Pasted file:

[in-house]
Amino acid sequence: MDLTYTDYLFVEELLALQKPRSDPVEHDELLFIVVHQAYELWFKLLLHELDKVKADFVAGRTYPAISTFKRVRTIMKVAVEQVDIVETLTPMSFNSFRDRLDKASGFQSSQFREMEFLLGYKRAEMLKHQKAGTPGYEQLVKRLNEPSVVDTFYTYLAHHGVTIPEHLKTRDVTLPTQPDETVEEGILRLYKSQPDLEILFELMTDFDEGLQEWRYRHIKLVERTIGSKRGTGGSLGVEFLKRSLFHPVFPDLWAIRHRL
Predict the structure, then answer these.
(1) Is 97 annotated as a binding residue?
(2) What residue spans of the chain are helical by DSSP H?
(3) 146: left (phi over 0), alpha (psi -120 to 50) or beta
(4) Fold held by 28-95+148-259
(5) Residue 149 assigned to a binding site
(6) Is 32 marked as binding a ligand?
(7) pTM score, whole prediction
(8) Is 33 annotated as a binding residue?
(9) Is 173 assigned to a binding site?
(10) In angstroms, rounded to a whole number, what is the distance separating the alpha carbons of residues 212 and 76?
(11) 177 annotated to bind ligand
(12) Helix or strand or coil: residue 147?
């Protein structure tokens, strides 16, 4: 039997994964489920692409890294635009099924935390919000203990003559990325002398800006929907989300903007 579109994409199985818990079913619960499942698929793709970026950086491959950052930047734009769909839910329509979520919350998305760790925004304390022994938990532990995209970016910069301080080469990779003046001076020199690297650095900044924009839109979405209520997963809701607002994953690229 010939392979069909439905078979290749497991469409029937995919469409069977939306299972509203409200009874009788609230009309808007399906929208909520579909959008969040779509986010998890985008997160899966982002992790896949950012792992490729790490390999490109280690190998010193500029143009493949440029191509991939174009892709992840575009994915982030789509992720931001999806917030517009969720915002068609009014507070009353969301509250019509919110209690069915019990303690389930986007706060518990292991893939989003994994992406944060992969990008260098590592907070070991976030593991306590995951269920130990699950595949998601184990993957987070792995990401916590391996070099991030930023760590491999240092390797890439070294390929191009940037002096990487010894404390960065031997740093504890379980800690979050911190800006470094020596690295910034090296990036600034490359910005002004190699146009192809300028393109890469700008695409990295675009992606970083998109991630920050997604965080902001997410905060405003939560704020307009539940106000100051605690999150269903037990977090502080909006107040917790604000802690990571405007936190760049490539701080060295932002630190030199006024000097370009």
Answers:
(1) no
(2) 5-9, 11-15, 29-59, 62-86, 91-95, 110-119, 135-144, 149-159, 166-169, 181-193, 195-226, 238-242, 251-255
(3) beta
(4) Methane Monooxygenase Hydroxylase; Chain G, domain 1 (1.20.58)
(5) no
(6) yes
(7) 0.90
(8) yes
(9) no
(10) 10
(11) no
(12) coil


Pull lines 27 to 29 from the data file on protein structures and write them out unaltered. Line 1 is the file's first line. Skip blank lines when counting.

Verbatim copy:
(10) 10
(11) no
(12) coil